Maze Runner: The Death Cure Review

The Death Cure is the third and final installment in the Maze Runner series and sees Thomas(Dylan O’Brien) and his friends leading a final assault on WCKD’s headquarters in order to rescue any of the immune children held captive and if possible, find a cure for the Crank Virus.

I wasn’t particularly excited to see another Maze Runner film, but at this point, I’d already seen the first two, so I felt a sort of obligation to see it. That said, after Scorch Trials, I didn’t exactly expect a masterpiece. One problem I feel the film may have for some people is that it’s been too long since Scorch Trials came out, but I only watched the film about a week ago, so I never had that problem.

Story/Writing

The first Maze Runner‘s strongest aspect was the mystery and intrigue that came with it and the Scorch Trials had some amazing stunt work, but The Death Cure’s definitive aspect for me was the brotherly bond between the main characters, particularly Thomas and Newt. This is probably the best developed friendship of this nature since the Harry Potter series and it culminates in a beautiful moment between the two of them. Unfortunately, for the final film in the series, The Death Cure is really underwhelming and plays out as a small, drawn out action sequence that only escalates in the last half hour or so focusing only on five or six main characters while most of the new characters we met in The Scorch Trials basically drop out of the film after the first action sequence. Also, the film never really fleshes out the logistics of how the Crank Virus works. In the previous film, we see that the virus takes very little time to severely infect someone, but here we have a character who is infected at the start and remains so for most of the film. There’s also a character who is fully conscious, but is infected and seems to be on some kind of crank induces life support. I’m sure the book explains this, but I think the film would have greatly benefited from some kind of explanation on the virus during the scenes in which we see the scientists developing the cure.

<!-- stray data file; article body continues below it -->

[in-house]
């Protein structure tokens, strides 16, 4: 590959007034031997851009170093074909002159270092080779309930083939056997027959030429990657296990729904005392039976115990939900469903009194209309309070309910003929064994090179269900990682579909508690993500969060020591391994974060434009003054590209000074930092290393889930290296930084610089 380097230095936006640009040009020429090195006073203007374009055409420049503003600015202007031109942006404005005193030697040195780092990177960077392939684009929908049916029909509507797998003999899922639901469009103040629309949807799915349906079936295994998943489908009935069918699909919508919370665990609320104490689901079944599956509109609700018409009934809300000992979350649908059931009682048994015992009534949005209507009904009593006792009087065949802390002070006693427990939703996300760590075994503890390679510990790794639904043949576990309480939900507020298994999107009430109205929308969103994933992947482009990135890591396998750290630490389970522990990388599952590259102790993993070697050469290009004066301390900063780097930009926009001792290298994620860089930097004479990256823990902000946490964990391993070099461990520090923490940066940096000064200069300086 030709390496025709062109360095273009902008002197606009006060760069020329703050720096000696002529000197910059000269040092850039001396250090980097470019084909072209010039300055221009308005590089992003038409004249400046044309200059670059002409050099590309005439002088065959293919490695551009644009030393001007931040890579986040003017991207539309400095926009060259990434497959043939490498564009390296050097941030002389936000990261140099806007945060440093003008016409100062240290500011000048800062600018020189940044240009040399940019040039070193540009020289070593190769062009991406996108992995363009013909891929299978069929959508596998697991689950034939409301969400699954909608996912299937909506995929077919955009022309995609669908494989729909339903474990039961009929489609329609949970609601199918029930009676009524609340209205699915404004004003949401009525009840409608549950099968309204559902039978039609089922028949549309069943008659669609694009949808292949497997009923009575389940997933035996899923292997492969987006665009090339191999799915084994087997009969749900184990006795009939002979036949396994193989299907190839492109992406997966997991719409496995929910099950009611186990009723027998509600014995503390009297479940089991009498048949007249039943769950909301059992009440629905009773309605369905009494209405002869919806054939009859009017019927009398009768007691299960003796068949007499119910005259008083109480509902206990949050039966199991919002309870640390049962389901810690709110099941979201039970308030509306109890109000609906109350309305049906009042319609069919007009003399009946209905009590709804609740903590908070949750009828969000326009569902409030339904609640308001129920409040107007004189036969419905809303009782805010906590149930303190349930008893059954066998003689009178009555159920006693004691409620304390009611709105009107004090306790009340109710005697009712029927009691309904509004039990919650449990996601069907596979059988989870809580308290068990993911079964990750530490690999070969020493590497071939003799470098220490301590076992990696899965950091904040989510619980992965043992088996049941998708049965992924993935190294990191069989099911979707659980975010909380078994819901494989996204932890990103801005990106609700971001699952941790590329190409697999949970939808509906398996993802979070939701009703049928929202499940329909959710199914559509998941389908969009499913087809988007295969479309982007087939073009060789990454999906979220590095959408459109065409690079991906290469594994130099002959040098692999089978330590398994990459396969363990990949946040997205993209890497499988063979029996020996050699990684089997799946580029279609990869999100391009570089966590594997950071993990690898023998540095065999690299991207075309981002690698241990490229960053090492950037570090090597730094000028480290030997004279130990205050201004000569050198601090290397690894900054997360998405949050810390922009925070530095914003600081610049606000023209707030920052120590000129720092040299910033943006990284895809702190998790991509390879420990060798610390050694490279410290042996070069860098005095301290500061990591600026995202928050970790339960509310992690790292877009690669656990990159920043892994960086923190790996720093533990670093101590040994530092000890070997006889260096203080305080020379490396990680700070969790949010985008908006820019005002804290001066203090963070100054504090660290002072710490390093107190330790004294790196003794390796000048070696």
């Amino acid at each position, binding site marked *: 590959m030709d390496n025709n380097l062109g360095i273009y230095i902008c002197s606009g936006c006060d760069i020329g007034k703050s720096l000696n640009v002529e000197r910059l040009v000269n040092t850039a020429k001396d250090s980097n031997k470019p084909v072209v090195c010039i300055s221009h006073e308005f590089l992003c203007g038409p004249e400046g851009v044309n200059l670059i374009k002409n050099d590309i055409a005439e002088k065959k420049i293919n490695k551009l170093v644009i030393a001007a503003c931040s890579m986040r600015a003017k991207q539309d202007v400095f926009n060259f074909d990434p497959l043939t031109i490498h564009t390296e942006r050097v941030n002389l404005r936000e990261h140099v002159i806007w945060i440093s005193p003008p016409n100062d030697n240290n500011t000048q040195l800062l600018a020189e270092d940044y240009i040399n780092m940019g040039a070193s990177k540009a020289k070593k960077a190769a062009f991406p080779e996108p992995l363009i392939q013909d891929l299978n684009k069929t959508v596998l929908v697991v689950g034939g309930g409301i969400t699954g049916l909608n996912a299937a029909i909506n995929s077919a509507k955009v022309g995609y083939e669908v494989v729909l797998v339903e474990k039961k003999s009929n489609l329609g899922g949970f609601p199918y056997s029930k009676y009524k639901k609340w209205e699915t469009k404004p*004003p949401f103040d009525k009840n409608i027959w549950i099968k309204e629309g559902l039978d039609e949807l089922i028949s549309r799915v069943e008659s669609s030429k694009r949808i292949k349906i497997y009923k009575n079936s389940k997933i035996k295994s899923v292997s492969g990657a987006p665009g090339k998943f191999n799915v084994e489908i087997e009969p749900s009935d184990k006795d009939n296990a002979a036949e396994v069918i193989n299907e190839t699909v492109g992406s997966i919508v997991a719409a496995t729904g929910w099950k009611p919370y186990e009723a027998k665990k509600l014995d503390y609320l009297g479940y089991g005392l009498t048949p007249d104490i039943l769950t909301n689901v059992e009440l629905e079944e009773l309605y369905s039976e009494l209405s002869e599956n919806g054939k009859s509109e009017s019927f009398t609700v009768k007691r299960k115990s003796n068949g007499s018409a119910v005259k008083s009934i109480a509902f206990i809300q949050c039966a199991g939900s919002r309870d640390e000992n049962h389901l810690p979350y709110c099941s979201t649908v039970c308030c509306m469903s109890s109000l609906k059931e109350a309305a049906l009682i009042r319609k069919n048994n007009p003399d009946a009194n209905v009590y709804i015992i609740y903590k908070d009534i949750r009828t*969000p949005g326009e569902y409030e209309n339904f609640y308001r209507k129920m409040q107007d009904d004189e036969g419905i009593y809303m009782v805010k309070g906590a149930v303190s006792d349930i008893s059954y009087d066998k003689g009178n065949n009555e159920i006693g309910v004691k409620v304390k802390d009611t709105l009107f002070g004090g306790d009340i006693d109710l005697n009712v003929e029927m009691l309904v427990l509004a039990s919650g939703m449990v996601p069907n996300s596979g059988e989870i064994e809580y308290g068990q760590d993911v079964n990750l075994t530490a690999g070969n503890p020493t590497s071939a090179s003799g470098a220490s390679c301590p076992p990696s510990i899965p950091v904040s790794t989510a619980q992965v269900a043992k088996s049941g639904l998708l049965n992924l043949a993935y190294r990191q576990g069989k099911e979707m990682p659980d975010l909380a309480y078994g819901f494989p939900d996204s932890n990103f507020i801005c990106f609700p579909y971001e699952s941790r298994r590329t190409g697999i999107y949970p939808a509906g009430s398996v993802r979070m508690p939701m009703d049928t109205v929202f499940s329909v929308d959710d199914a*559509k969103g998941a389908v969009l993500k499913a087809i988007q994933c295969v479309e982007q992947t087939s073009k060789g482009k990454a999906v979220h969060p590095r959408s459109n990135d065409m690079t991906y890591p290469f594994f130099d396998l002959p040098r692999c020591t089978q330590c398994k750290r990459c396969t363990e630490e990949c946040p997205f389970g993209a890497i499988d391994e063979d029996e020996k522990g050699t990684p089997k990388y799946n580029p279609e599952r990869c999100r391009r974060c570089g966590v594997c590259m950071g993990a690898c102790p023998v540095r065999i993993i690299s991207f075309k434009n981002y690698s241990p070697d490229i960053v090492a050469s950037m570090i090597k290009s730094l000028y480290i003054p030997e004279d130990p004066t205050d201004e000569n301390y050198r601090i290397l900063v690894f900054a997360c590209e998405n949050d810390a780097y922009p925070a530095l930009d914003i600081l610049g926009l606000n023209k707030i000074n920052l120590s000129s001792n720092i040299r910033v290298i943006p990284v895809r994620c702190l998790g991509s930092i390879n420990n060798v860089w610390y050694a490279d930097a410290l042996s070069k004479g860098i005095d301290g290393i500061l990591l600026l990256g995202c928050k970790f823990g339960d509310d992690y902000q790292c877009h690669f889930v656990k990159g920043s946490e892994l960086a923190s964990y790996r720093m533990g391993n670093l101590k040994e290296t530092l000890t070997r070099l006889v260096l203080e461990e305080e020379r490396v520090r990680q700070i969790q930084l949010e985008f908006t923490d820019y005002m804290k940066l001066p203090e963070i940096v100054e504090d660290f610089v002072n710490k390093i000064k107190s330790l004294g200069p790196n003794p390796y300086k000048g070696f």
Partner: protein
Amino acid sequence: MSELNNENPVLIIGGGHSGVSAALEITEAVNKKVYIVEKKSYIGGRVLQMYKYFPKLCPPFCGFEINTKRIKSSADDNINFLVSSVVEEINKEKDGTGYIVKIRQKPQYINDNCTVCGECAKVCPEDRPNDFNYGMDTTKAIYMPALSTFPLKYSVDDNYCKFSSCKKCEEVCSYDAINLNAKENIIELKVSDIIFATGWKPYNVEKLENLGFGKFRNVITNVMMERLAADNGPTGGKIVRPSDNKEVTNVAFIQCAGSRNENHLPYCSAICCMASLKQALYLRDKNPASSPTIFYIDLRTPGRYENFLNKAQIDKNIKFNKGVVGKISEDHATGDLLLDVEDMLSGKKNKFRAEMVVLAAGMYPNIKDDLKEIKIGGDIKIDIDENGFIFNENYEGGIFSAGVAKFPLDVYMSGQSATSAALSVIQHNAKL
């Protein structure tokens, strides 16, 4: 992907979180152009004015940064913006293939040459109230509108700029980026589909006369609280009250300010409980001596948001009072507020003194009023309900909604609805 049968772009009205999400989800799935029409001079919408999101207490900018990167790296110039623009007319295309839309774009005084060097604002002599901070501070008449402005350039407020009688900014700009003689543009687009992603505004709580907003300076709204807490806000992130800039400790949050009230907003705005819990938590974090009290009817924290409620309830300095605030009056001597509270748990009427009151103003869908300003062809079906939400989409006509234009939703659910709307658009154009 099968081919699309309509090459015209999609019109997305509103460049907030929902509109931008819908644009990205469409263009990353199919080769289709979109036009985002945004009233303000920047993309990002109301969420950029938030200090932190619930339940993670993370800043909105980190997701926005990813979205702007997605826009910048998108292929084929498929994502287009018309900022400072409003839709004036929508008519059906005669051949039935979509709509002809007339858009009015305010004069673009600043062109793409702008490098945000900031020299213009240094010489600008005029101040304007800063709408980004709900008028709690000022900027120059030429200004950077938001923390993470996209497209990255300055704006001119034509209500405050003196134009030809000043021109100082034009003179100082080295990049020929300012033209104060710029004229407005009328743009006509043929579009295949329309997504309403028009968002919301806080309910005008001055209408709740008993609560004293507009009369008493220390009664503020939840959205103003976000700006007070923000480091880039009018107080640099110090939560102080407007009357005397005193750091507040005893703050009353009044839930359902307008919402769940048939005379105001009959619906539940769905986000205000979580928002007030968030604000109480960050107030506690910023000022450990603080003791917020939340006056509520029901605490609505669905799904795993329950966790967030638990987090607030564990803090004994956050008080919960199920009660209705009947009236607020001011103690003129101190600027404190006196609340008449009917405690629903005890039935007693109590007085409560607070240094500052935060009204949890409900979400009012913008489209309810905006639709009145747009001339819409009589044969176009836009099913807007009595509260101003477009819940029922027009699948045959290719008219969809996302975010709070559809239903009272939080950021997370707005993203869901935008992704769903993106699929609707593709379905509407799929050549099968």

Cast/Characters

Dylan O’Brien is as dedicated and charismatic as ever in The Death Cure. He even got run over by a car filming one of his stunts. If that isn’t dedication, I don’t know what is. However, Thomas Sangster really steals the show as Newt who acts as Thomas’s emotional center and the heart of the film. The film goes out of its way to try and justify Teresa’s character, but it just feels like there’s a plot element missing that was probably in the book. Walton Goggins is in the film as the aforementioned crank on life support and he’s completely wasted in a very thematically interesting role. There’s a scene where Minho played by Ki Hong Lee has to express a lot of fear though a violent outburst. However, this scene comes off as more comedic because of Lee’s acting. He’s fine other than that one scene though, but I think that scene would have really been a great moment for his character and for him as an actor.

Sound/Music

The film’s soundtrack is pretty bland for the most part, which is really disappointing because I liked a lot of stuff from the first two. It fails to really build on the scores from the first two and instead just uses generic action melodies. That said, I still enjoyed some of it.

Cues I Liked:

  • Rescue
  • We Started This Together
  • Teresa’s Plea
  • Chat with Teresa
  • Please Tommy, Please
  • I’m Sorry
  • Goodbye

Visual Effects/Cinematography

The film begins with a pretty cool action sequence on a train(The one Dylan O’Brien got injured shooting) that feels a little derivative of something from Mad Max or Uncharted. The film’s third act has this great riot sequence that happens as a sort of backdrop to the final battle that was visually very well done.

Final Thoughts

Despite a very strong chemistry between the cast members and some great visuals, The Death Cure suffers from a weak script and some poorly developed characters.

77/100

Advertisements

Leave a Reply

Fill in your details below or click an icon to log in:

WordPress.com Logo

You are commenting using your WordPress.com account. Log Out /  Change )

Google+ photo

You are commenting using your Google+ account. Log Out /  Change )

Twitter picture

You are commenting using your Twitter account. Log Out /  Change )

Facebook photo

You are commenting using your Facebook account. Log Out /  Change )

w

Connecting to %s